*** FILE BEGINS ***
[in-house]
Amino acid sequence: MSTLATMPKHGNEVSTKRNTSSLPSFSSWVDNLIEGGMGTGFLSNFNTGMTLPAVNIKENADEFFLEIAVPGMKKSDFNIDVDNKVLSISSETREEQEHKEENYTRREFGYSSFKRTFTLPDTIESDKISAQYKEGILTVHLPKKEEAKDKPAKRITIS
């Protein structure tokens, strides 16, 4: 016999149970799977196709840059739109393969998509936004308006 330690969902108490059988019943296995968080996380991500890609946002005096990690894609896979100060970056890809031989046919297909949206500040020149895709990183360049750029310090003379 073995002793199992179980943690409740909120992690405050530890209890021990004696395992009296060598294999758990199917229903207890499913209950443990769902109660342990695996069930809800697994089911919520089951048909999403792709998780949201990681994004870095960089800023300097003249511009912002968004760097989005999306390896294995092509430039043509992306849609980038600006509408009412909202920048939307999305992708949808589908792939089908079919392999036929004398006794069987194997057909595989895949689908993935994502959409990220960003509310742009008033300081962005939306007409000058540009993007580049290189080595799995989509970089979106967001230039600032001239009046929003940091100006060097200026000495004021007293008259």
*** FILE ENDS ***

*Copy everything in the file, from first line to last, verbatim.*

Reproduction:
[in-house]
Amino acid sequence: MSTLATMPKHGNEVSTKRNTSSLPSFSSWVDNLIEGGMGTGFLSNFNTGMTLPAVNIKENADEFFLEIAVPGMKKSDFNIDVDNKVLSISSETREEQEHKEENYTRREFGYSSFKRTFTLPDTIESDKISAQYKEGILTVHLPKKEEAKDKPAKRITIS
């Protein structure tokens, strides 16, 4: 016999149970799977196709840059739109393969998509936004308006 330690969902108490059988019943296995968080996380991500890609946002005096990690894609896979100060970056890809031989046919297909949206500040020149895709990183360049750029310090003379 073995002793199992179980943690409740909120992690405050530890209890021990004696395992009296060598294999758990199917229903207890499913209950443990769902109660342990695996069930809800697994089911919520089951048909999403792709998780949201990681994004870095960089800023300097003249511009912002968004760097989005999306390896294995092509430039043509992306849609980038600006509408009412909202920048939307999305992708949808589908792939089908079919392999036929004398006794069987194997057909595989895949689908993935994502959409990220960003509310742009008033300081962005939306007409000058540009993007580049290189080595799995989509970089979106967001230039600032001239009046929003940091100006060097200026000495004021007293008259």